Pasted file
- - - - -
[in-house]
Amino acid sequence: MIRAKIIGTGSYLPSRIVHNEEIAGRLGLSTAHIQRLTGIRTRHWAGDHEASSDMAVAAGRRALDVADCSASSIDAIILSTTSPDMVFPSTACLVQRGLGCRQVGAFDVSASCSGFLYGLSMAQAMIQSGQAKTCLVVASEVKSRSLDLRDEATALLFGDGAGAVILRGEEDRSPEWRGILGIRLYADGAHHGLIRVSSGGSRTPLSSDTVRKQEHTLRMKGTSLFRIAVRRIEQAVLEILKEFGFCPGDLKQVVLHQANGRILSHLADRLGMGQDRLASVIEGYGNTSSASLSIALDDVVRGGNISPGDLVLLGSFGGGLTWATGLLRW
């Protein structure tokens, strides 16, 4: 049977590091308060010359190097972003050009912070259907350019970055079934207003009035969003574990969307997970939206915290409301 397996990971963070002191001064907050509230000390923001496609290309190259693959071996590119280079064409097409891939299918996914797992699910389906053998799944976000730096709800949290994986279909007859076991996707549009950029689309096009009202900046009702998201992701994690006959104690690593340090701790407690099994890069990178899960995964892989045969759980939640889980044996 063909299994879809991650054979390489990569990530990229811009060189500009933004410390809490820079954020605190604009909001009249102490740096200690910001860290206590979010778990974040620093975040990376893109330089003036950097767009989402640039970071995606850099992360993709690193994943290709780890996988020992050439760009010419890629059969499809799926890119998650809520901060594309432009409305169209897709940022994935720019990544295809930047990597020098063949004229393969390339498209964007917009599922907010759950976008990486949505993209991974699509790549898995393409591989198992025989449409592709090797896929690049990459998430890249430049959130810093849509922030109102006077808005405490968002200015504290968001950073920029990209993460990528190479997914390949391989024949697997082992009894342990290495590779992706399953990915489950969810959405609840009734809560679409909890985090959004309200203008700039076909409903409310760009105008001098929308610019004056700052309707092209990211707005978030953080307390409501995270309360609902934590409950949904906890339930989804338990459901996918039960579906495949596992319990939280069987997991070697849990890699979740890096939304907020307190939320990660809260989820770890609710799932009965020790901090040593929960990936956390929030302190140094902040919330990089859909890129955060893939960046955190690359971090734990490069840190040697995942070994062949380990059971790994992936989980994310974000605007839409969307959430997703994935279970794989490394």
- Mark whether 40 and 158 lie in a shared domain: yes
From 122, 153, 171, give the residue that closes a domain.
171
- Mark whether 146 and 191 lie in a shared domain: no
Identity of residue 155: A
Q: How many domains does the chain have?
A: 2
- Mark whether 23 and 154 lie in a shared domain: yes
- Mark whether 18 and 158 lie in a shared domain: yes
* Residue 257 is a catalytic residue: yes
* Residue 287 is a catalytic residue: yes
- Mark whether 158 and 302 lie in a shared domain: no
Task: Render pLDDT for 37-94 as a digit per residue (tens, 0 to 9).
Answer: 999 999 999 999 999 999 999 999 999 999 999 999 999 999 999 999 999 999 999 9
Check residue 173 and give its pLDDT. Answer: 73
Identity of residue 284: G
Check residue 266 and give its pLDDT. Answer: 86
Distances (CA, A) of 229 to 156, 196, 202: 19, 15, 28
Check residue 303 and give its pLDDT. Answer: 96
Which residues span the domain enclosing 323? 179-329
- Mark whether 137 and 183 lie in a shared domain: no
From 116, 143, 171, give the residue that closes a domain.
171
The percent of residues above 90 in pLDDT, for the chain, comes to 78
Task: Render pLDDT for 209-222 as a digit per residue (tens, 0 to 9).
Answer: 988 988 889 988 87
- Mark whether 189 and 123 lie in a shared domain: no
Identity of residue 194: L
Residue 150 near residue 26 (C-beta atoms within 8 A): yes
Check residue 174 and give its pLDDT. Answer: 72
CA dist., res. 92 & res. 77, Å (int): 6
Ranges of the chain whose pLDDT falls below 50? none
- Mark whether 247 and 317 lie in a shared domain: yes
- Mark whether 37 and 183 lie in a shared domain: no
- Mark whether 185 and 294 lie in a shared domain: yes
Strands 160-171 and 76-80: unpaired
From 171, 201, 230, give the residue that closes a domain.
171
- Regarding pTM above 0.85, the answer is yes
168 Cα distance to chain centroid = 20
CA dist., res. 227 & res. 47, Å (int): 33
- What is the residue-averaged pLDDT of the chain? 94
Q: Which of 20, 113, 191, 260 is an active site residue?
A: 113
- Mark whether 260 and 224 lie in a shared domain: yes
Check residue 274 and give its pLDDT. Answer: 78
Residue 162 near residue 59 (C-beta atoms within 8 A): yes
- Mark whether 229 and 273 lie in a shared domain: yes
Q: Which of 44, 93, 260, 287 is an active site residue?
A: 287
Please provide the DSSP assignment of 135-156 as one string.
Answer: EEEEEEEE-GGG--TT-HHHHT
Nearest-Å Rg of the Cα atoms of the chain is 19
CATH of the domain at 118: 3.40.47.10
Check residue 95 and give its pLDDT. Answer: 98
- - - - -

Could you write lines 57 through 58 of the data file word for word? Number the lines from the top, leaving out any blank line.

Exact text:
CATH of the domain at 118: 3.40.47.10
Check residue 95 and give its pLDDT. Answer: 98